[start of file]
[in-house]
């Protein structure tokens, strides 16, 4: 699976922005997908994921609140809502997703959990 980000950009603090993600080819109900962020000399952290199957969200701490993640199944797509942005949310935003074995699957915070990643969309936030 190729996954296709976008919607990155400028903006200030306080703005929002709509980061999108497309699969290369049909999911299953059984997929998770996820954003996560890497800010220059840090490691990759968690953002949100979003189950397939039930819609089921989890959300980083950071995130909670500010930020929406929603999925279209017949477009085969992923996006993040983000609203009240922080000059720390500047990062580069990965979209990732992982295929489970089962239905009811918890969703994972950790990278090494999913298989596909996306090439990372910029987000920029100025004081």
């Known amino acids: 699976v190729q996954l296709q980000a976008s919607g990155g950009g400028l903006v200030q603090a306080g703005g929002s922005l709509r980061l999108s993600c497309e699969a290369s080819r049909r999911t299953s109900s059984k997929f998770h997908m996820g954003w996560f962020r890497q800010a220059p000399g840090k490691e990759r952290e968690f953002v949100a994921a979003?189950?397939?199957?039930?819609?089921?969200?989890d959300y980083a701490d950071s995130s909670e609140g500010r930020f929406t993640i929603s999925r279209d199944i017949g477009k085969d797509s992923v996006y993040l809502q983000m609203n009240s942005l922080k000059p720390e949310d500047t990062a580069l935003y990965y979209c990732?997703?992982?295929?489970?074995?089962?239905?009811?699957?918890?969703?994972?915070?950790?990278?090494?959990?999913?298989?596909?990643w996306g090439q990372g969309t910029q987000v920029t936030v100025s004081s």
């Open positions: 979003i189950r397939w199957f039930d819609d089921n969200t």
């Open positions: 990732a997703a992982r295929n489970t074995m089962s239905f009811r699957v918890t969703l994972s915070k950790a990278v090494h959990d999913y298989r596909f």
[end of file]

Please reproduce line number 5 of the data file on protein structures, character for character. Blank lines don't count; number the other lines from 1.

């Open positions: 990732a997703a992982r295929n489970t074995m089962s239905f009811r699957v918890t969703l994972s915070k950790a990278v090494h959990d999913y298989r596909f």